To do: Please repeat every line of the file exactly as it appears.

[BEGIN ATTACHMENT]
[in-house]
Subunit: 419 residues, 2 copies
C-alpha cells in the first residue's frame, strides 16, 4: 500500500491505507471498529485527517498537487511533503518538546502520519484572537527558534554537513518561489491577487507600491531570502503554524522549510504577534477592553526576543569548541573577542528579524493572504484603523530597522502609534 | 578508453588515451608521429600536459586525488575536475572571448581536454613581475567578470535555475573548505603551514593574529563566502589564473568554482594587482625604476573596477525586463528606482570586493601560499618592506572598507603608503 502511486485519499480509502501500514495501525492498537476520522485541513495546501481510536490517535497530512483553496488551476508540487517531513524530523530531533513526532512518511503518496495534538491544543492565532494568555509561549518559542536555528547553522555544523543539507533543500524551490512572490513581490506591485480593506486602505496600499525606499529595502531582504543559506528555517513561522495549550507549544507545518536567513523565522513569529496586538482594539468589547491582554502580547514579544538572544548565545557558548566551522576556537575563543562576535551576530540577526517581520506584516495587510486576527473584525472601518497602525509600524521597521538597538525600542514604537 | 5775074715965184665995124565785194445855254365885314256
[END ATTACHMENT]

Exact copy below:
[in-house]
Subunit: 419 residues, 2 copies
C-alpha cells in the first residue's frame, strides 16, 4: 500500500491505507471498529485527517498537487511533503518538546502520519484572537527558534554537513518561489491577487507600491531570502503554524522549510504577534477592553526576543569548541573577542528579524493572504484603523530597522502609534 | 578508453588515451608521429600536459586525488575536475572571448581536454613581475567578470535555475573548505603551514593574529563566502589564473568554482594587482625604476573596477525586463528606482570586493601560499618592506572598507603608503 502511486485519499480509502501500514495501525492498537476520522485541513495546501481510536490517535497530512483553496488551476508540487517531513524530523530531533513526532512518511503518496495534538491544543492565532494568555509561549518559542536555528547553522555544523543539507533543500524551490512572490513581490506591485480593506486602505496600499525606499529595502531582504543559506528555517513561522495549550507549544507545518536567513523565522513569529496586538482594539468589547491582554502580547514579544538572544548565545557558548566551522576556537575563543562576535551576530540577526517581520506584516495587510486576527473584525472601518497602525509600524521597521538597538525600542514604537 | 5775074715965184665995124565785194445855254365885314256